Nigeria central bank head ousted by President

Lamido Sanusi, Nigeria’s central bank governor, has been suspended for “financial recklessness and misconduct” by the country’s president.

Sanusi, a previously respected figure who has undertaken banking reforms since 2009, caused shockwaves throughout Nigeria when he claimed USD 20 billion in oil revenue had disappeared between January 2012 and July 2013.

He had told a senate committee his findings earlier this month, yet The Nigerian National Petroleum Corporation has stated his allegations show “little understanding of the technicalities of the oil industry.”

The country, as one of the world’s largest oil producers, now awaits an attempt to expose the high-level fraud and corruption often found in Nigeria – and in particular within its murky oil sector.


In 2010, Sanusi was named Banker magazine’s Central Bank Governor of the Year.

He has stated that in every month for a 19-month period, over USD 1 billion was unaccounted for in the bank’s records.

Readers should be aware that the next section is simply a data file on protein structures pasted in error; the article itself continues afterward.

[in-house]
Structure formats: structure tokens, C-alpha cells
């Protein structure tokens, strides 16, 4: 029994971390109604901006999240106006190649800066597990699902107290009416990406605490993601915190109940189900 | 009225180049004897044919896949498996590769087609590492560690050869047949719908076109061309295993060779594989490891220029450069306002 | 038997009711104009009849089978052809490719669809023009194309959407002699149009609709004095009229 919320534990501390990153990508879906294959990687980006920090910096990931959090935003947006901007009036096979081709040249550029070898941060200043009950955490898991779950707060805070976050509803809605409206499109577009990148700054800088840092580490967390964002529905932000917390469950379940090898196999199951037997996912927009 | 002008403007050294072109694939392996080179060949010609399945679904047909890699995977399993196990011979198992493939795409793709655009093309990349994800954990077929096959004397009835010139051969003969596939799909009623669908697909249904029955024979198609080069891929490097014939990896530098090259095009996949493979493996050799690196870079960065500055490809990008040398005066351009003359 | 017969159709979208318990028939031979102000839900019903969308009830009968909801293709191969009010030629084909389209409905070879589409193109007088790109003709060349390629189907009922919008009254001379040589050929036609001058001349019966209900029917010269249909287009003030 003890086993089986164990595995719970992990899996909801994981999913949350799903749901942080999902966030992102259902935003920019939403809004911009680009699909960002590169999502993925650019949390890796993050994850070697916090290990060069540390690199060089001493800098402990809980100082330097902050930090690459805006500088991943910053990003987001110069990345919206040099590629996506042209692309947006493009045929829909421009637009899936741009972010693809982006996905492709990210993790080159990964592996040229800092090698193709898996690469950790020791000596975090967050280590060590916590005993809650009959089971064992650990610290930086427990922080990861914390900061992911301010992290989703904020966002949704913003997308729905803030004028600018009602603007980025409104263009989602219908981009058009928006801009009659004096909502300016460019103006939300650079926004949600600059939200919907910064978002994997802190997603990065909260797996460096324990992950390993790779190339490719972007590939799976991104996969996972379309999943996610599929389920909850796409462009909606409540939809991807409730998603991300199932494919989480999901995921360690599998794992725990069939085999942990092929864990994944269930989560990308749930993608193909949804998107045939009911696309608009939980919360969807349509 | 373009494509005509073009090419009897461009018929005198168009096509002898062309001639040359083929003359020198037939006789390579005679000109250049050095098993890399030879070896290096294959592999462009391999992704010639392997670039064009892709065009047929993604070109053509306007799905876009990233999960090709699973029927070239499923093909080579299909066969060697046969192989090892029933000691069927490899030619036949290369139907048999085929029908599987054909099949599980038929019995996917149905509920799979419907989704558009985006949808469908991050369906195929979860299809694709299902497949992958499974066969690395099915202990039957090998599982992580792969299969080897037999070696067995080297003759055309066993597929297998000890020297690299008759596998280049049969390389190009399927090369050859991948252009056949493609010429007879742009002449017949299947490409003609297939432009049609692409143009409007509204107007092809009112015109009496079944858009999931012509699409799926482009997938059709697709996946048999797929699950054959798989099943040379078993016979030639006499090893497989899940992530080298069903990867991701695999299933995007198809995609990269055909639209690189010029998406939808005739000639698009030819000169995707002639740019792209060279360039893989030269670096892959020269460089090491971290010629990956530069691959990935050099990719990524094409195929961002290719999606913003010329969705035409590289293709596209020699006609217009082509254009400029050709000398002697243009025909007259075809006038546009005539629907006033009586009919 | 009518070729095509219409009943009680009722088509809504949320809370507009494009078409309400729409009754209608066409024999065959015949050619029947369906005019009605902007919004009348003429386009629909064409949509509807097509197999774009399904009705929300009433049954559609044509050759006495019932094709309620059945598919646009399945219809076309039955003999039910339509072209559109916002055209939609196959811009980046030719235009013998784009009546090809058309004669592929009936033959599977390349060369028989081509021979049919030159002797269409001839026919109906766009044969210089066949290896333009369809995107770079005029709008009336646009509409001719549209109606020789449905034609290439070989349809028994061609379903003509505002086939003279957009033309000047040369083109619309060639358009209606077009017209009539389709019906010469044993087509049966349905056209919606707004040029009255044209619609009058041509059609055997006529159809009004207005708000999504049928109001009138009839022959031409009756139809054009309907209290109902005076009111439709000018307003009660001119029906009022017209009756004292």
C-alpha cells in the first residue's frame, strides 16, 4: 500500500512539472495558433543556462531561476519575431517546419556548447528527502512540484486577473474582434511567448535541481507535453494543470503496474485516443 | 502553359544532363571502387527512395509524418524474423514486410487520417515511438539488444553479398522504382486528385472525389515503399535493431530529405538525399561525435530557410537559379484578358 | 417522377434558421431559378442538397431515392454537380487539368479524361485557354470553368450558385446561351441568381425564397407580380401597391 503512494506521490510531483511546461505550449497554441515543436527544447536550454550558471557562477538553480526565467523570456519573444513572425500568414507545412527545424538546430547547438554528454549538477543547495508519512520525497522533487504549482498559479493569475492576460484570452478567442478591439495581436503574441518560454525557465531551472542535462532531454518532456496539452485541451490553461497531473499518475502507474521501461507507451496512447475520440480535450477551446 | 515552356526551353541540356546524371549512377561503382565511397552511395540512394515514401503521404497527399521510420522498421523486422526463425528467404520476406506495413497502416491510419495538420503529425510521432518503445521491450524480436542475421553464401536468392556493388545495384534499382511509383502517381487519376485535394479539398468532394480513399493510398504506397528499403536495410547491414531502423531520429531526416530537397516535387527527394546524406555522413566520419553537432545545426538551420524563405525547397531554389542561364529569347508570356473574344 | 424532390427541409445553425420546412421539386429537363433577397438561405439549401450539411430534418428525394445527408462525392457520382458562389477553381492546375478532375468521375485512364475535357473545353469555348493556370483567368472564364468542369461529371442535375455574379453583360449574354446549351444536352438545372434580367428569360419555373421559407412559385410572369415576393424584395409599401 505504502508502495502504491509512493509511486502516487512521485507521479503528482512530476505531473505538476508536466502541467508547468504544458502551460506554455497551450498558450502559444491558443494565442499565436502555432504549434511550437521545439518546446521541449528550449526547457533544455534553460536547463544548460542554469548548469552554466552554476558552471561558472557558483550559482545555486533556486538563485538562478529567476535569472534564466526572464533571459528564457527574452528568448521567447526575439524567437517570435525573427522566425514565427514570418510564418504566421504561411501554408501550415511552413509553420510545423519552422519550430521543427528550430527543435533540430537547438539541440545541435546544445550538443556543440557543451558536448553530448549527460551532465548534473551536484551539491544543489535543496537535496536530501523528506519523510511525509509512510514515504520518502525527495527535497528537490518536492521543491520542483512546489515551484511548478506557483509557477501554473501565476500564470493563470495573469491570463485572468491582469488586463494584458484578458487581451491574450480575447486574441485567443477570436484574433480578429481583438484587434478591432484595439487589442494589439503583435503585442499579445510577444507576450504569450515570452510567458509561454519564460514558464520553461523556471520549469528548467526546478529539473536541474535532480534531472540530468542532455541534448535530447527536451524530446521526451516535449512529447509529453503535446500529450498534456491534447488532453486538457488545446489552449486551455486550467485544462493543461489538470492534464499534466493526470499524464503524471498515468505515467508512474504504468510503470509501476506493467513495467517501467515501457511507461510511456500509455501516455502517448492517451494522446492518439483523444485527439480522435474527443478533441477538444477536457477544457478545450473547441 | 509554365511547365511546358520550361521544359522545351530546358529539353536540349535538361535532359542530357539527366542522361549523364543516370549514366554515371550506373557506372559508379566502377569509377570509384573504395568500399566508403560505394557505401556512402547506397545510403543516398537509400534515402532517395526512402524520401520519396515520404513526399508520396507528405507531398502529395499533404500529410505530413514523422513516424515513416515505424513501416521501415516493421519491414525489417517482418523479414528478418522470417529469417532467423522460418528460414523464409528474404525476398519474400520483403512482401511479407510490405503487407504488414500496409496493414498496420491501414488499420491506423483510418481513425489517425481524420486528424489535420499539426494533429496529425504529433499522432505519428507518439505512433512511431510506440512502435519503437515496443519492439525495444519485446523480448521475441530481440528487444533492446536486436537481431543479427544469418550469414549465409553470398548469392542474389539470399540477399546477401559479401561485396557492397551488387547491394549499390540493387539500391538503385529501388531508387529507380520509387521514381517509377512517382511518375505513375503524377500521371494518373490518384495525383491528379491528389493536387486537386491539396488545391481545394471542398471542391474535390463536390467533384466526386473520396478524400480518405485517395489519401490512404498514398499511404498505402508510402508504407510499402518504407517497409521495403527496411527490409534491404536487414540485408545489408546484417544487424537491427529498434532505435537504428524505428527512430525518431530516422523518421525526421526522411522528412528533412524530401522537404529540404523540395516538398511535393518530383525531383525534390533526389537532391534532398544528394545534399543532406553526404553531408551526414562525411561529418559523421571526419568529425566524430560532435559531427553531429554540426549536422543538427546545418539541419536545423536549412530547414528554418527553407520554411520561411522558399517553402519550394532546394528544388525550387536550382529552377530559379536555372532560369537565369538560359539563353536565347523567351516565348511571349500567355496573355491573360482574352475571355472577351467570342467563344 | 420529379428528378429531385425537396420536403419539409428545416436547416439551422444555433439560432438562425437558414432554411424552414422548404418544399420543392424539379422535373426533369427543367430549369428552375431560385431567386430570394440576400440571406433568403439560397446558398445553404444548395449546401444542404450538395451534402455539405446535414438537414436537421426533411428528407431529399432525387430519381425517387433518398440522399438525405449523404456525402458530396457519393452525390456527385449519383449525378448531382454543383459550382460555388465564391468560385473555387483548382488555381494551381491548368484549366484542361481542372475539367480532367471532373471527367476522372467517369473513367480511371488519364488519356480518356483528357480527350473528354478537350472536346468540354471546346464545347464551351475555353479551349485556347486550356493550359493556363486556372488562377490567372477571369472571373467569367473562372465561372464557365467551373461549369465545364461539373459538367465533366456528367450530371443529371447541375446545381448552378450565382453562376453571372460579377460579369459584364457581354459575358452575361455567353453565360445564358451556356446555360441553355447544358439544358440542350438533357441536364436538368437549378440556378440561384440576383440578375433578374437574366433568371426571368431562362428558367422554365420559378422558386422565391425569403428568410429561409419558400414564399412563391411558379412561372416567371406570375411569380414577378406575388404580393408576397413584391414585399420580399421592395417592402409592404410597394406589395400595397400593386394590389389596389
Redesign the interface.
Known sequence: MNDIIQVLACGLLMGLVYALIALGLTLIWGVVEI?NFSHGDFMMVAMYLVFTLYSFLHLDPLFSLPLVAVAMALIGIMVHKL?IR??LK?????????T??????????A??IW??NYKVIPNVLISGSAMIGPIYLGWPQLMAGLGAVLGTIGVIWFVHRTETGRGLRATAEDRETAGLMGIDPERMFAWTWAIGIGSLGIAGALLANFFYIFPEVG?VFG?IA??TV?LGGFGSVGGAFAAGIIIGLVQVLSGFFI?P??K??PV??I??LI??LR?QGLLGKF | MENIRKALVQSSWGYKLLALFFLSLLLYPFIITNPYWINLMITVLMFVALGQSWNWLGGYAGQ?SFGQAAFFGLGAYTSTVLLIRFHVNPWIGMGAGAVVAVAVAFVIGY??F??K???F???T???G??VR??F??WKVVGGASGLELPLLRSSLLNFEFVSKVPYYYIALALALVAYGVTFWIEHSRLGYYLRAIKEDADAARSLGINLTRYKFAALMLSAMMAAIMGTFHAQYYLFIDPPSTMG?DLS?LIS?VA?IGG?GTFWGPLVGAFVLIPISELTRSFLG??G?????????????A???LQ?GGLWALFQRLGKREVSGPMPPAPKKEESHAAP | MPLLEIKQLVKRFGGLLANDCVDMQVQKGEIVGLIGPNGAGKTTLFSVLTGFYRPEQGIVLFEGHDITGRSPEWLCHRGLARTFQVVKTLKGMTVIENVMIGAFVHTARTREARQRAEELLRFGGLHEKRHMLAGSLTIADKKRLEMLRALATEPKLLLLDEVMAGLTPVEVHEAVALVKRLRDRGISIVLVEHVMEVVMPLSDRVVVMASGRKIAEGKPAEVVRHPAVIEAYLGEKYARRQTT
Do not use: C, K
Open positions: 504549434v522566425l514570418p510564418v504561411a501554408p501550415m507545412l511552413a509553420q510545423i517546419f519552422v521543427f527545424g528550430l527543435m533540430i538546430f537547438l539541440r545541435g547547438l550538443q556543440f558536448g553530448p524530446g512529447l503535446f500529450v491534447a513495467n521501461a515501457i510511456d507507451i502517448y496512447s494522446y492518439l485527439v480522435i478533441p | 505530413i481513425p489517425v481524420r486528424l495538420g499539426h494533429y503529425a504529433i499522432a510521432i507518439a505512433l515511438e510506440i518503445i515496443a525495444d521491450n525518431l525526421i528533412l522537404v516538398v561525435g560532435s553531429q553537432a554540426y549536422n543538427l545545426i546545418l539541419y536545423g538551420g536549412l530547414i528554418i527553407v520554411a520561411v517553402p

Nigeria’s state oil firm however denies failing to account for the money.

The controversy comes as the state’s elections draw near, and align with awkward questions being asked of the president’s senior officials.

Whilst the presidential statement announcing the suspension talked of “investigations into breaches of enabling laws, due process and mandate” of the Central Bank of Nigeria, many citizens are expected to question whether the president wishes to pursue the suspension of whistleblowers over stopping fraud.

However, Sanusi’s critics wonder whether his motivations are political, and consider the attack on President Jonathan as a ploy to ruin the president’s chances in the 2015 elections.

In the meantime, foreign exchanges and bond markets have halted trading due to uncertainty caused.


This is not the first time corruption warnings have been raised in the country.

Former head of the Economic and Financial Crimes Commission Nuhu Ribadu was suspended in 2007, and within the oil sector, many Nigerians have staged protests against oil-related corruption, but are frequently met with forceful government suppression.


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